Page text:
Photo by Francesca Maggio
Dani Malave, a 23-year-old student from Madrid, was walking down a well-lit and busy street in Barri Gòtic with a group of friends when her bag was abruptly snatched from her hand. “I was walking with about six other people and was holding onto it pretty tight, or I thought I was,” she told Metropolitan. “But a guy came up from behind and before I knew it both he and my bag had disappeared down a side street."
It is a common scenario that occurs far too frequently—the skill of Barcelona’s pickpockets and petty thieves has become an infamous part of the city’s reputation. Tourists tend to be the victims of theft and bag snatching as they are less watchful, but residents are also vulnerable. No matter how long people have lived in the city, or how aware they are of common-sense rules such as staying in well-lit areas and not walking around the streets alone, one unguarded moment can lead to the loss of a bag, and more.
When people bring a bag out with them, it often contains their lives broken down into essential, expensive components: mobile phone, wallet, identity card, bank cards, camera, keys, not to mention items of personal value such as photos or keepsakes. When the bag disappears down a dark alley, all these possessions vanish too, leading to complicated insurance claims (if there is insurance) and weeks of waiting before they can be replaced. Anything without monetary value is lost forever. However, a couple of steps may serve to minimise the losses.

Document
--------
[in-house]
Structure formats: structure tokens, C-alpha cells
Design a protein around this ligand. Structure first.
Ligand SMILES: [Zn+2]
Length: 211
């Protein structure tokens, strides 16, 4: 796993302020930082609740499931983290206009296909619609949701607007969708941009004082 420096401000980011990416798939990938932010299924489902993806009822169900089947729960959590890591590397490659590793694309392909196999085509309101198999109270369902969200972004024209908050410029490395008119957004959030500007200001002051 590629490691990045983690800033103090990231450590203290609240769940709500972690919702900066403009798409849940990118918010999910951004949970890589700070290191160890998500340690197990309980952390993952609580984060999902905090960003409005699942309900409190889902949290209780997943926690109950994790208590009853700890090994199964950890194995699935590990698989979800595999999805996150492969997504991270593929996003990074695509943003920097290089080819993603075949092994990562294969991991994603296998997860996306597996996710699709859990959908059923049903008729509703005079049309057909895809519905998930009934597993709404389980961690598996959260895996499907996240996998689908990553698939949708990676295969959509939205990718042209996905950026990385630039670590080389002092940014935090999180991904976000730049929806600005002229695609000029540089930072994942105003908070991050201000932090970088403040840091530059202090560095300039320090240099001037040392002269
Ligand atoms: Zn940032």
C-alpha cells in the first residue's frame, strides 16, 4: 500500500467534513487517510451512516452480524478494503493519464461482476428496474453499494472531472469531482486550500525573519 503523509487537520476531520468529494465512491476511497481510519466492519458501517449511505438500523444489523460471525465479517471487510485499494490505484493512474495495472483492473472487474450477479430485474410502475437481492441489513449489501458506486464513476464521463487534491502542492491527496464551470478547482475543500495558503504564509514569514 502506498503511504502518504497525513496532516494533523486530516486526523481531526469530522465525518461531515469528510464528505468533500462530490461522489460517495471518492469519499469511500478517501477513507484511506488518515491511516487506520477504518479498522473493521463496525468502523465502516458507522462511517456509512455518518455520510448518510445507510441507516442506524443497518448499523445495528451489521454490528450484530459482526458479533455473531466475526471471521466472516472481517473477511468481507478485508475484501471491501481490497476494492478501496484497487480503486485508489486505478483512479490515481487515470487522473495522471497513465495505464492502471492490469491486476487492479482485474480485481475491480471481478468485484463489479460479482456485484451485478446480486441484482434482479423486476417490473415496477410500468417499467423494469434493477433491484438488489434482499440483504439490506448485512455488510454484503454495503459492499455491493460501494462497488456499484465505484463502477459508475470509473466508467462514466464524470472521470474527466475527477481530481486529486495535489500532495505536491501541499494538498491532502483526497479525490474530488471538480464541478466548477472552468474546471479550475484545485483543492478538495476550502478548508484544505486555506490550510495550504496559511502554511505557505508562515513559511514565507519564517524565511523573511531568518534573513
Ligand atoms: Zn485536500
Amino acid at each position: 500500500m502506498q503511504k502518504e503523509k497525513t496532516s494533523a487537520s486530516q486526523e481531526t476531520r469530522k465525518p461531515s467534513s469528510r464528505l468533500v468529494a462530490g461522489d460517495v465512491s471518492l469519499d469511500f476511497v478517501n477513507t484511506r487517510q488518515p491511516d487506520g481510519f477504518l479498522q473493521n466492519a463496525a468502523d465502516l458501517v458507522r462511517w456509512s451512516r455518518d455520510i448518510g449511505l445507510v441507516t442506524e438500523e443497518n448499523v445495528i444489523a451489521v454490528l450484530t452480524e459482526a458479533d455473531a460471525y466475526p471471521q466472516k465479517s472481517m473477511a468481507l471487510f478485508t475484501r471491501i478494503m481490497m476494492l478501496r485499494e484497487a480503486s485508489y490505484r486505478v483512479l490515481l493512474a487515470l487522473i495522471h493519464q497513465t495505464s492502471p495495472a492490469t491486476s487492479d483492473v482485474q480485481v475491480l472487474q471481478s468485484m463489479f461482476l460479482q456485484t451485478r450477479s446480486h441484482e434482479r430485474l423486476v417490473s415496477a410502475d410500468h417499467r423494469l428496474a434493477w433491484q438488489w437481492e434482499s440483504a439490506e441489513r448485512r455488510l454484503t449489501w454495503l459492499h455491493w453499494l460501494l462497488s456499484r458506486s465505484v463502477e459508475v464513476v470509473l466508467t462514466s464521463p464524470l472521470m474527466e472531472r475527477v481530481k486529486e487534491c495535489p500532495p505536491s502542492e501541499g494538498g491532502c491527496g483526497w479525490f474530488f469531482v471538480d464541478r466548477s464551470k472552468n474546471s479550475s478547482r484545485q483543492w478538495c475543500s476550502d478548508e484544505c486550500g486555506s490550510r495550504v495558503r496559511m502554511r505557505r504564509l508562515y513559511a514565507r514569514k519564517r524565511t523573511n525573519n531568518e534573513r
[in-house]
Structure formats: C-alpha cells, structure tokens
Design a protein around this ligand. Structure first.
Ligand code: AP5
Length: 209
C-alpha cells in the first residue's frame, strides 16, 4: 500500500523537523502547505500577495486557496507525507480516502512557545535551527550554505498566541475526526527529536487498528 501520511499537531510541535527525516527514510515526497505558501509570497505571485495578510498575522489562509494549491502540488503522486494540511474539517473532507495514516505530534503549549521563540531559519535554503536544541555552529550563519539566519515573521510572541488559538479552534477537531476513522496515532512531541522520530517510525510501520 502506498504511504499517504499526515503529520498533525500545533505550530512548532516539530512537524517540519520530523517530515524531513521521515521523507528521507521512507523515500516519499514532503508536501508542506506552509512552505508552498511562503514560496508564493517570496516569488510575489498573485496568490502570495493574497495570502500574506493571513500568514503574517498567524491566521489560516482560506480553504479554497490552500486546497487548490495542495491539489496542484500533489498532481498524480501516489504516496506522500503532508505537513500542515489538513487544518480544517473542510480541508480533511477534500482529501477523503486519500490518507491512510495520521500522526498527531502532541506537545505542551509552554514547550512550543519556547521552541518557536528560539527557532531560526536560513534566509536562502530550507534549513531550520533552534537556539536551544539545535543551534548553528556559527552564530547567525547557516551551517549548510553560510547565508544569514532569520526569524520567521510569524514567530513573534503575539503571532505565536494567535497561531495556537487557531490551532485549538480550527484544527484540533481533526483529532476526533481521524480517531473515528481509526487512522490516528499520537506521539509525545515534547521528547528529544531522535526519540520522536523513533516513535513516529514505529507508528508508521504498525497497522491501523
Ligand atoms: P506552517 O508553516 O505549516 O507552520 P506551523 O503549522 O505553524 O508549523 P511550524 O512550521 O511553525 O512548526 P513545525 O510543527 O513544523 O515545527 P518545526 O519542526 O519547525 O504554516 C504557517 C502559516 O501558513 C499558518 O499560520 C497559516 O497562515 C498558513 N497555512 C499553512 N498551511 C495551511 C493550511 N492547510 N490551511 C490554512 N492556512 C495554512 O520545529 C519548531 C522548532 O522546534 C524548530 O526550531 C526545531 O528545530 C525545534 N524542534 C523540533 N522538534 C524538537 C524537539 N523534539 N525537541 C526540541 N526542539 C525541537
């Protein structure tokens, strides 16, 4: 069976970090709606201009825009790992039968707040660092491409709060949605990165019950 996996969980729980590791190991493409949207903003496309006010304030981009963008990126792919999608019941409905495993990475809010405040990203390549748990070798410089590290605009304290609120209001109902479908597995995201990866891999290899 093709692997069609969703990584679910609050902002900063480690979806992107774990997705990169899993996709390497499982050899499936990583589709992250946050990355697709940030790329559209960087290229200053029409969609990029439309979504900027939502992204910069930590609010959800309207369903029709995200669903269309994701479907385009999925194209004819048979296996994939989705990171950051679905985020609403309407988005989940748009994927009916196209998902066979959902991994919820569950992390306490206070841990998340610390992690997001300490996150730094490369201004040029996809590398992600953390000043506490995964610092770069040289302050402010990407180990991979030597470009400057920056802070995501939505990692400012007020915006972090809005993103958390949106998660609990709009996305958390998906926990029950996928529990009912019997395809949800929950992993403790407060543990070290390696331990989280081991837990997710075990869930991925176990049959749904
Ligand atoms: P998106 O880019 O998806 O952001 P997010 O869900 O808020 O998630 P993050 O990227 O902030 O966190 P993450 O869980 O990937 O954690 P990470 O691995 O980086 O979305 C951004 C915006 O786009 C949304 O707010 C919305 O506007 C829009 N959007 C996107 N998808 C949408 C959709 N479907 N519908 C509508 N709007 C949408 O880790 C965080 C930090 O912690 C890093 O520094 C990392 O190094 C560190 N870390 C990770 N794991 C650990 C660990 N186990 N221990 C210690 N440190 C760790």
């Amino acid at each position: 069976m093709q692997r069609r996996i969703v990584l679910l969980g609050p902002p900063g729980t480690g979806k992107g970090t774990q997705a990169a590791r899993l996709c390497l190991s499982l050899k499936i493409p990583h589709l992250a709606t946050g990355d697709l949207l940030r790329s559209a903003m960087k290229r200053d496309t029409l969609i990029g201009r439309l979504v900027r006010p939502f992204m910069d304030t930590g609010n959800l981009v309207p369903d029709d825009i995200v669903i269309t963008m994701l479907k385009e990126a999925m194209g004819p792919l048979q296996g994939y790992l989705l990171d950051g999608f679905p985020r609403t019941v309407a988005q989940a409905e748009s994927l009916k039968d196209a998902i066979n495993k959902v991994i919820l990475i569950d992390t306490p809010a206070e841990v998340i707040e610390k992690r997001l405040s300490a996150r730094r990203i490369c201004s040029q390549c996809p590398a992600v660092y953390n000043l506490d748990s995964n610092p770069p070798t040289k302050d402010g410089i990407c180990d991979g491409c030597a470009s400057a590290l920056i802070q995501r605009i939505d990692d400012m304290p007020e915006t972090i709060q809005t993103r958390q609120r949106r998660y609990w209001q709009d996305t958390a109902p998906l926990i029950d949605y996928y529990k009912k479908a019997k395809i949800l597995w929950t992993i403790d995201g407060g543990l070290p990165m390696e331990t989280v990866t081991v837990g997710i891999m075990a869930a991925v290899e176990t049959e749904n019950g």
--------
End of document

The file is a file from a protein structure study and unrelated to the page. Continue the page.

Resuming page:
The first is a defensive attitude. When walking around the city, especially at night, it makes sense to never carry more than absolutely necessary, and to not carry all items of value in one place. Carry a bag on an unexposed arm, be it one near a wall or on the inside if walking in a pair or in a group, and hold it underneath a coat if possible.
The second step is possession recovery. If a bag is stolen, check the bins around the area the incident took place, as bags tend to be discarded quickly, sometimes with just the obvious items of value taken. And it is always worth reporting the incident to the police. The Guàrdia Urbana station on the Ramblas is open 24 hours, although they may send victims to the Mossos d’Esquadra to file the incident. Alternatively, victims can call 112, or report the theft online, an option that is becoming more and more popular—online denuncias rose 74 percent between 2005 and 2006. It is necessary to go in person to sign it within 72 hours, but it saves a lot of time queuing.
Not only does reporting the crime allow people to file claims on their insurance, but the bag or some of its contents may be found or handed in. Sam Willmot, a British student currently living in Barcelona, had her bag and all its contents, except her mobile phone and some cash, returned to her a week after it was stolen. “The best thing was not having to go through the hassle of cancelling and replacing all the cards,” she said.
Theft is an inevitable danger of city life, but it doesn’t always have to end in the worst-case scenario.
Guàrdia Urbana 24-hour station—La Rambla 43; Tel. 092 or 93 256 2430
Mossos d’Esquadra—Nou de la Rambla 76; Tel. 088 or 93 306 2300
General emergency number—112
To file an online denuncia—www.gencat.net/mossos. Available in Catalan, Castilian, English, French, Italian and German.